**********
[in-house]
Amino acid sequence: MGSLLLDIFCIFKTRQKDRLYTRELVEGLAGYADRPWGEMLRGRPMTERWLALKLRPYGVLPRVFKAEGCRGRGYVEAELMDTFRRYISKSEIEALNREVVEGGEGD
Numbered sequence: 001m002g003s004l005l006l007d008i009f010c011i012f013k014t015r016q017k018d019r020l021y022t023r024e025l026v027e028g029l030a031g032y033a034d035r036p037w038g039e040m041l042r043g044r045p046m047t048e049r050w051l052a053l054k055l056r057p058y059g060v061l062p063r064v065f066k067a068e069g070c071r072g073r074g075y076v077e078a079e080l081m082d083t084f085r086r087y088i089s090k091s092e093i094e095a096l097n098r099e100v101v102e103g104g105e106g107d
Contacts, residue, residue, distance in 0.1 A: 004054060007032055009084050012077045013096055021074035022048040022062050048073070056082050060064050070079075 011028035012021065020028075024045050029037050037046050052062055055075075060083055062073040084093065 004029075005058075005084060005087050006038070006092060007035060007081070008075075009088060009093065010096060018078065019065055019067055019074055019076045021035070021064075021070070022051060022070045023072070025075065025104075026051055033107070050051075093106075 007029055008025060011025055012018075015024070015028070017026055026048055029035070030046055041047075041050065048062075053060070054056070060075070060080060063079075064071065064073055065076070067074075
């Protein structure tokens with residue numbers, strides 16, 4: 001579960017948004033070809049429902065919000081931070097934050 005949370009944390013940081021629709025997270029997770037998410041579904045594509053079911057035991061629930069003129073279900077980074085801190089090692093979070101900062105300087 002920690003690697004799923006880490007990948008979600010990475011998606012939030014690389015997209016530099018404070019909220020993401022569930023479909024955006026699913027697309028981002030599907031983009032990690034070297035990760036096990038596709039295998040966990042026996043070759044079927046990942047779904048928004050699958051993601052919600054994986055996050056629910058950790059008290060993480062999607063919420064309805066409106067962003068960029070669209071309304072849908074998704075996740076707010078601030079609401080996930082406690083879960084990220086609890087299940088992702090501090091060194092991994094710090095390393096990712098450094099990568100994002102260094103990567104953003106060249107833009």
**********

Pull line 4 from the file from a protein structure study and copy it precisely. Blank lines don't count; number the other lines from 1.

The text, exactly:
Contacts, residue, residue, distance in 0.1 A: 004054060007032055009084050012077045013096055021074035022048040022062050048073070056082050060064050070079075 011028035012021065020028075024045050029037050037046050052062055055075075060083055062073040084093065 004029075005058075005084060005087050006038070006092060007035060007081070008075075009088060009093065010096060018078065019065055019067055019074055019076045021035070021064075021070070022051060022070045023072070025075065025104075026051055033107070050051075093106075 007029055008025060011025055012018075015024070015028070017026055026048055029035070030046055041047075041050065048062075053060070054056070060075070060080060063079075064071065064073055065076070067074075